Charlotte Hornets

Nets get hot from 3-point range, rout Hornets 114-87

If the Charlotte Hornets plan to change the result anytime soon, they had better start changing their methods.

A good place to start, after a 114-87 home loss to the Brooklyn Nets on Saturday, would be 3-point defense.

For all the flaws the 6-17 Hornets demonstrated in this one – deficient rebounding, poor shooting, giving up layups – the worst one had to be 3-point defense. The 10-12 Nets made 16 of 23 3s to lead by as many as 34 points.

And while the Nets’ long-range shooting was extreme, it’s not as if that’s an anomaly for the Hornets. Over their last six games Hornets opponents have made 62 of 132 3-point attempts (47 percent). In that same span, the Hornets have made 28 of 109 3-pointers (27 percent).

The off-season was spent shopping for extra shooters. The three free-agent signings – Lance Stephenson, Marvin Williams and Brian Roberts – shot 5-of-10 from 3 Friday, so that wasn’t so bad.

But the 3-point defense was nearly non-existent Saturday.

“The way our defense is set up, we don’t want anyone getting into the paint,” shooting guard Gerald Henderson said of giving up 3s. “If you do get beaten, then we want to have another man there (to help) at all times.

“It does open up kick-outs and throw-back passes. This is not a new defense and teams have succeeded with it before. None of our rules have changed from last year.”

No, but coach Steve Clifford has shaded back-and-forth in defensive emphasis this season. Clifford said post-game that over the season’s first 10 games he asked for less help inside from the perimeter players. He didn’t like those results, so he returned to the “stop layups and dunks at all cost” imperative.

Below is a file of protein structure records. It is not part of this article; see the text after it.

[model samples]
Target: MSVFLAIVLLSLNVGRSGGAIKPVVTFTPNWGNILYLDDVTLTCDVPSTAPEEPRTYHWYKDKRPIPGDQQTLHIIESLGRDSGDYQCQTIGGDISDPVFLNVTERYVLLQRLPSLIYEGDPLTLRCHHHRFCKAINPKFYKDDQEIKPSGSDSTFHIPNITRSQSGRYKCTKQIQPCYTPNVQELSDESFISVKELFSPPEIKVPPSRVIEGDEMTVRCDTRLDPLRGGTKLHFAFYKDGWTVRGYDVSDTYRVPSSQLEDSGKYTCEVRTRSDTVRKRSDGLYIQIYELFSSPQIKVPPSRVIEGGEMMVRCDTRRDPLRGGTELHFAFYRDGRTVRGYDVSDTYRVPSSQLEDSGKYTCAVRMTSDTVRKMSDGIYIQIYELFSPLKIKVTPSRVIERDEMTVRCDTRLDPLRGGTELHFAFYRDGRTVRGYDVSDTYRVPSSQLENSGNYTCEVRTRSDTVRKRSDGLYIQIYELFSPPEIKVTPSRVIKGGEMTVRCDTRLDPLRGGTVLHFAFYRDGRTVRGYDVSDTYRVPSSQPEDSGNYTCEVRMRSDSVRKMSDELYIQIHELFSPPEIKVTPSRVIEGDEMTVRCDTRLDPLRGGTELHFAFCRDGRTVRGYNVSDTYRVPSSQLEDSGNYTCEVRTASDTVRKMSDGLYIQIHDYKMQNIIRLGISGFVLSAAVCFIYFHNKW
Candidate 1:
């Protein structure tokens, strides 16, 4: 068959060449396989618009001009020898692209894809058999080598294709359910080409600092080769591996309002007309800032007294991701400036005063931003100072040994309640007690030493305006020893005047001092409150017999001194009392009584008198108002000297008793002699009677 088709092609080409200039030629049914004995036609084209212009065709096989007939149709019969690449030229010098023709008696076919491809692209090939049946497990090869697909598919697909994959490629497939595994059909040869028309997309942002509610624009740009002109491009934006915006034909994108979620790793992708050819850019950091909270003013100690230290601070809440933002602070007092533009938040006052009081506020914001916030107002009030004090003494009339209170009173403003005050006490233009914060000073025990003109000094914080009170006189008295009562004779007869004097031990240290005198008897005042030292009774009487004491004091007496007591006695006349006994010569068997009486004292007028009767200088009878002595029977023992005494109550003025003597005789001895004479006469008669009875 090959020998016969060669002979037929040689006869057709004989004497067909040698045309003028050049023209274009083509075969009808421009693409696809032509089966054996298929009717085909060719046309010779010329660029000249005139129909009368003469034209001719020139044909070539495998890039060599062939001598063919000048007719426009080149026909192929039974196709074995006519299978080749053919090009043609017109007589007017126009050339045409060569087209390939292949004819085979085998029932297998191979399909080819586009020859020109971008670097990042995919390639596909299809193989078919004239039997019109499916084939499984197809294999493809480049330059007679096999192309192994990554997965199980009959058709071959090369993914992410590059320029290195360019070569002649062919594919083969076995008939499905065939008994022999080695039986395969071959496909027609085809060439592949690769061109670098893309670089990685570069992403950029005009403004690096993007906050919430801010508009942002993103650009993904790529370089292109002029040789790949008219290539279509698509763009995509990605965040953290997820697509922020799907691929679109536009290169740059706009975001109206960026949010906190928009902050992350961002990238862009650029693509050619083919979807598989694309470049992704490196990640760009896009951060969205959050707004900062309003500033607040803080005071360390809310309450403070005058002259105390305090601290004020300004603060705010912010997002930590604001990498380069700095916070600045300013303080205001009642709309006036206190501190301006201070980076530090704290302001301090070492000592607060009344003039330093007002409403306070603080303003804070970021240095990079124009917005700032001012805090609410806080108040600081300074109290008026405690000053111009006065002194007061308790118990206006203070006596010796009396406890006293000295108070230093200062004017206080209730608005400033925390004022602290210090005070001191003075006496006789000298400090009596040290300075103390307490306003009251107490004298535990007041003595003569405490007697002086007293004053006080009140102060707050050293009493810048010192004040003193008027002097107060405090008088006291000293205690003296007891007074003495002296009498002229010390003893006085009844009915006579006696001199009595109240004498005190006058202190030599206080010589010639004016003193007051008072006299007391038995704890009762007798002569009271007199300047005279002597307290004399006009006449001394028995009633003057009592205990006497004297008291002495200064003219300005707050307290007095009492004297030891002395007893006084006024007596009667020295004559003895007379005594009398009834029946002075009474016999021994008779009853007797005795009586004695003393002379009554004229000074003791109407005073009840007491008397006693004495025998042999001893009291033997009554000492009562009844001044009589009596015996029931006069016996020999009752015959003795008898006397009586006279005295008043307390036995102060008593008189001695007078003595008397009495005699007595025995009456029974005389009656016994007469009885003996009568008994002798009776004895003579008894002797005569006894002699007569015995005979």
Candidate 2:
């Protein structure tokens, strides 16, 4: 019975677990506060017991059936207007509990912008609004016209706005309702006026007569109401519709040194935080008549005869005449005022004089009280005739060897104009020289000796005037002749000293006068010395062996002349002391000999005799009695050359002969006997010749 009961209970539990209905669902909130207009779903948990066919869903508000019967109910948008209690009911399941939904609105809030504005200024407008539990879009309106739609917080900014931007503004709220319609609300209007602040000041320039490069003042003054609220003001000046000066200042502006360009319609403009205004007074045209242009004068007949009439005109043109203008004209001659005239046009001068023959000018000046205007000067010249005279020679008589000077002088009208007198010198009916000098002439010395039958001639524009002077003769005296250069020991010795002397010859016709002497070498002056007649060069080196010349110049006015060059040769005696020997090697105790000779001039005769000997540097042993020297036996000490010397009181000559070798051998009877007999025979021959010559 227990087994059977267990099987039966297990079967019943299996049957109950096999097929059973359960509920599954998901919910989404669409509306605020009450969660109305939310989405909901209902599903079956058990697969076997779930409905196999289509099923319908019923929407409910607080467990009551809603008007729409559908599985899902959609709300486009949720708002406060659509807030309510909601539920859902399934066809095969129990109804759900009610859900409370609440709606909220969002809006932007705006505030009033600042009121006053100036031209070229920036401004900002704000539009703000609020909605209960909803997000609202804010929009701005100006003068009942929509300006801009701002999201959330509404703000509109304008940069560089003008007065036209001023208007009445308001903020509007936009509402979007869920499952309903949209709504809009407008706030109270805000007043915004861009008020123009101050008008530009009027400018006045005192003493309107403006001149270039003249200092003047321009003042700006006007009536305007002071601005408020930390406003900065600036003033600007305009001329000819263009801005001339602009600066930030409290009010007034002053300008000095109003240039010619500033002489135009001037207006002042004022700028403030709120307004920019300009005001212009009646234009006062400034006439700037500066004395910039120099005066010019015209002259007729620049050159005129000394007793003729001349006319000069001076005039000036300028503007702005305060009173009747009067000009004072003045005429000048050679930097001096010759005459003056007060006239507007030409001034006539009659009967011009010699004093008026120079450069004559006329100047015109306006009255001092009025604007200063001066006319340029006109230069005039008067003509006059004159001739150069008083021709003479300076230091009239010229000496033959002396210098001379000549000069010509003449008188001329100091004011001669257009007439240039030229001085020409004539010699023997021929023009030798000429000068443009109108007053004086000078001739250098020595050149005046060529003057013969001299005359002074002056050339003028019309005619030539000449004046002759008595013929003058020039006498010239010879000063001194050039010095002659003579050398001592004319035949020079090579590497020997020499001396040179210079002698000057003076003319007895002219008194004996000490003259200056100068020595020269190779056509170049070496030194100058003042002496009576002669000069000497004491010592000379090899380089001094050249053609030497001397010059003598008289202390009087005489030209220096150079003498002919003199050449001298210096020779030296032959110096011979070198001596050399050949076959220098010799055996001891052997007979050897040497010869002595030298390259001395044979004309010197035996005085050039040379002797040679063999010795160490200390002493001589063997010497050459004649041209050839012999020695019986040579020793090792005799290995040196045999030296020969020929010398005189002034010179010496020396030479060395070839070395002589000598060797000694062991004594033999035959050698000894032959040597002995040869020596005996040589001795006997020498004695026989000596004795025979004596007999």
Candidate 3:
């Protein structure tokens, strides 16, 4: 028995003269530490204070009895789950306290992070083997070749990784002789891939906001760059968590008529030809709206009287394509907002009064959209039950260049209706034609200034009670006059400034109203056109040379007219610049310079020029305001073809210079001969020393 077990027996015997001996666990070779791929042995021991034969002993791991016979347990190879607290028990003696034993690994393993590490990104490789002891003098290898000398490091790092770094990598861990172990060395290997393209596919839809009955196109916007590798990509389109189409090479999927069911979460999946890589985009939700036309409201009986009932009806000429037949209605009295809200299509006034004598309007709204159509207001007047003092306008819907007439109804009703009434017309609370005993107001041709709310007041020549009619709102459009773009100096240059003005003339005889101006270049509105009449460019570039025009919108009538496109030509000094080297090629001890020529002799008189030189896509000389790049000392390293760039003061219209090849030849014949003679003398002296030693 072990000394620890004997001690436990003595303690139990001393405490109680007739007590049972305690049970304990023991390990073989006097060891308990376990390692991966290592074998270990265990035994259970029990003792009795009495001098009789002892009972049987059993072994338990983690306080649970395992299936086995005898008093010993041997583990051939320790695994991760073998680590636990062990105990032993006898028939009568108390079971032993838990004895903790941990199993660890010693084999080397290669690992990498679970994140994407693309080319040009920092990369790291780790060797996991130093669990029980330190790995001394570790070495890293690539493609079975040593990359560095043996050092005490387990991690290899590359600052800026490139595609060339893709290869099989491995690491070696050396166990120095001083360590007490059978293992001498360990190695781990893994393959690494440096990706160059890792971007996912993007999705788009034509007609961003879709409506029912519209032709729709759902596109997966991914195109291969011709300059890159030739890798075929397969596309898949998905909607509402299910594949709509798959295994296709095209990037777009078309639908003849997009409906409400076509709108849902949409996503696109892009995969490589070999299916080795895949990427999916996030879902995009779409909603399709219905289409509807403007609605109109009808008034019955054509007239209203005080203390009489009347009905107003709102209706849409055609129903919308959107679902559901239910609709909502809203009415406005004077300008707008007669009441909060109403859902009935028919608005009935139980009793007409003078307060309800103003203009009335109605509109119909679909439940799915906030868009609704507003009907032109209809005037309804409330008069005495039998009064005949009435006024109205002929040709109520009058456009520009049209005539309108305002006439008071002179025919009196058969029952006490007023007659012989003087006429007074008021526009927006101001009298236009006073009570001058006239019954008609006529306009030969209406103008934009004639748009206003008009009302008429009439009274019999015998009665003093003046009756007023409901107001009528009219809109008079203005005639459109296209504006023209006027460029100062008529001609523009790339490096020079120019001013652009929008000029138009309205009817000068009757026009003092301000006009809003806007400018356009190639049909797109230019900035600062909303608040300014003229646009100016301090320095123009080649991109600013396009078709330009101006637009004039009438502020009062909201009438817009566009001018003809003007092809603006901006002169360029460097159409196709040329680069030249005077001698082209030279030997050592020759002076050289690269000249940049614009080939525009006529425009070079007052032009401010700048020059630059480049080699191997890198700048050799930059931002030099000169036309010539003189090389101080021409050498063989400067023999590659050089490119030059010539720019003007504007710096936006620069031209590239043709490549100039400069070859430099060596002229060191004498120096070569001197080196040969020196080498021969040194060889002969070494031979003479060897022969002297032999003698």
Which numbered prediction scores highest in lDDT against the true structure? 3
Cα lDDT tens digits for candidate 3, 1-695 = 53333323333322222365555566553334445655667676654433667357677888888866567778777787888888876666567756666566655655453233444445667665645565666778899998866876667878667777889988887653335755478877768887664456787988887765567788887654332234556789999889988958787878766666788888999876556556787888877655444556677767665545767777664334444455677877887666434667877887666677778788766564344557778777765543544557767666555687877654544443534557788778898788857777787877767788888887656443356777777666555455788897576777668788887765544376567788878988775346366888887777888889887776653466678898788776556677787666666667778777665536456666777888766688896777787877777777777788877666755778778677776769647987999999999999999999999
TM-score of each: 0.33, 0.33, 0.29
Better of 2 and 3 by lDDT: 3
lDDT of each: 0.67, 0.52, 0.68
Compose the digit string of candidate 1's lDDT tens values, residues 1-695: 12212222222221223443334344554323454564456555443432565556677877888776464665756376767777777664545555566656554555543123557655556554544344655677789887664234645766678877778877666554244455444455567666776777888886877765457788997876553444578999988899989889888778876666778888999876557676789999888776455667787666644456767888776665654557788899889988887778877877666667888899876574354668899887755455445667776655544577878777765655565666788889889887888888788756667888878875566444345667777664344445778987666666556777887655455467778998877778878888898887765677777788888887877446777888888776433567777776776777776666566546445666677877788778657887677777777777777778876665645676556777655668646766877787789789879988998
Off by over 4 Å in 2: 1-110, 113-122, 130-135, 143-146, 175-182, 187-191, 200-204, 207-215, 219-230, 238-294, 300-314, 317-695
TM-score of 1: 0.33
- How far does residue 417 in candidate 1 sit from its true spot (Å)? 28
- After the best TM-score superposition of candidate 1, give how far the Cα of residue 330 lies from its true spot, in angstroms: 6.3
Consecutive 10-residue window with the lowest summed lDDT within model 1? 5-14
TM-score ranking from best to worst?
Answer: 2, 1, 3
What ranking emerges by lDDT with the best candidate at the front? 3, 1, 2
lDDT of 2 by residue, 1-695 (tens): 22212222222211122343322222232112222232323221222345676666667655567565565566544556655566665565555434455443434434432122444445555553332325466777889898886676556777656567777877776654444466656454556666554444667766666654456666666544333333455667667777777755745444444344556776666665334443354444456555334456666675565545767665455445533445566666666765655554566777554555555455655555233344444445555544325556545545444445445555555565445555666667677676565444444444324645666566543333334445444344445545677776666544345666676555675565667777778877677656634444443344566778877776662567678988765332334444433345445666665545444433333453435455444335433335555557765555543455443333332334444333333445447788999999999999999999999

“Last year we were an elite defensive team (overall), but a poor 3-point defensive team,” Clifford said of allowing 2013-14 opponents to shoot 37 percent from the arc – 24th among 30 NBA teams. “We’ve gone back to protecting the paint.

“If we’re going to be good defensively, then we can’t be middle-of-the-road at everything. You’ve got to be good at something.”

This was a night when the Hornets weren’t good at much of anything. They were coming off a double-overtime road loss Friday to the Memphis Grizzlies, which obviously didn’t help their readiness (though the Nets played Friday, too.)

It looked like there was big potential Saturday for Hornets center Al Jefferson to have a huge night, since the Nets were missing big men Brook Lopez and Kevin Garnett.

Instead Jefferson had his second-lowest scoring game this season, finishing with eight points on 4-of-10 shooting.

The Nets jumped out to an 18-point first-half lead with small forward Joe Johnson scoring 17 of his 22 points before halftime. Jefferson finished the first half with six points and four rebounds and played only eight minutes in the second half.

“He played 45 minutes last night,” Clifford said of Jefferson. “For his career, he’s averaged 33. I bumped that up to 39” in last season’s playoff chase.

“That was a high-intensity game (in Memphis), and we got home at 2:30 a.m.”

It doesn’t get any easier from here: The Hornets have a road game Monday against the East-contending Cleveland Cavaliers, the first of four games in six nights.

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